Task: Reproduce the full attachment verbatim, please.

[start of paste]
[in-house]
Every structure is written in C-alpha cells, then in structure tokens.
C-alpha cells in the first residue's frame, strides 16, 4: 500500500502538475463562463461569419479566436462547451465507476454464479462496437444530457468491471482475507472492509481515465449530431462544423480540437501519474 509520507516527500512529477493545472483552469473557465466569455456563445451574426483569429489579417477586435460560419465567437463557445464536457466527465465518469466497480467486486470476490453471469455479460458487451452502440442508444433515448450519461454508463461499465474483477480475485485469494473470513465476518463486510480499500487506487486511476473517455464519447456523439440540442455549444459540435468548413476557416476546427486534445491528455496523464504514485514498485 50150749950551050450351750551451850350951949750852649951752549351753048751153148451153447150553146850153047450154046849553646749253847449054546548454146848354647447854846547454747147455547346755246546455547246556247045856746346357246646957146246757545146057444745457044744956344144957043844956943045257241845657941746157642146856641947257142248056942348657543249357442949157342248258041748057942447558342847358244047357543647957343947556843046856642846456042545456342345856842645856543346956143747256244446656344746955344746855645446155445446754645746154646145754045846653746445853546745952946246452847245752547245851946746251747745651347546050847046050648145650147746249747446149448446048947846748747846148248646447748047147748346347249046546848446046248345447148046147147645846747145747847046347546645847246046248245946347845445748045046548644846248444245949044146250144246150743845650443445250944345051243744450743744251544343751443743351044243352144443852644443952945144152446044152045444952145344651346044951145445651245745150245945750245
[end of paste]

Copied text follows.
[in-house]
Every structure is written in C-alpha cells, then in structure tokens.
C-alpha cells in the first residue's frame, strides 16, 4: 500500500502538475463562463461569419479566436462547451465507476454464479462496437444530457468491471482475507472492509481515465449530431462544423480540437501519474 509520507516527500512529477493545472483552469473557465466569455456563445451574426483569429489579417477586435460560419465567437463557445464536457466527465465518469466497480467486486470476490453471469455479460458487451452502440442508444433515448450519461454508463461499465474483477480475485485469494473470513465476518463486510480499500487506487486511476473517455464519447456523439440540442455549444459540435468548413476557416476546427486534445491528455496523464504514485514498485 50150749950551050450351750551451850350951949750852649951752549351753048751153148451153447150553146850153047450154046849553646749253847449054546548454146848354647447854846547454747147455547346755246546455547246556247045856746346357246646957146246757545146057444745457044744956344144957043844956943045257241845657941746157642146856641947257142248056942348657543249357442949157342248258041748057942447558342847358244047357543647957343947556843046856642846456042545456342345856842645856543346956143747256244446656344746955344746855645446155445446754645746154646145754045846653746445853546745952946246452847245752547245851946746251747745651347546050847046050648145650147746249747446149448446048947846748747846148248646447748047147748346347249046546848446046248345447148046147147645846747145747847046347546645847246046248245946347845445748045046548644846248444245949044146250144246150743845650443445250944345051243744450743744251544343751443743351044243352144443852644443952945144152446044152045444952145344651346044951145445651245745150245945750245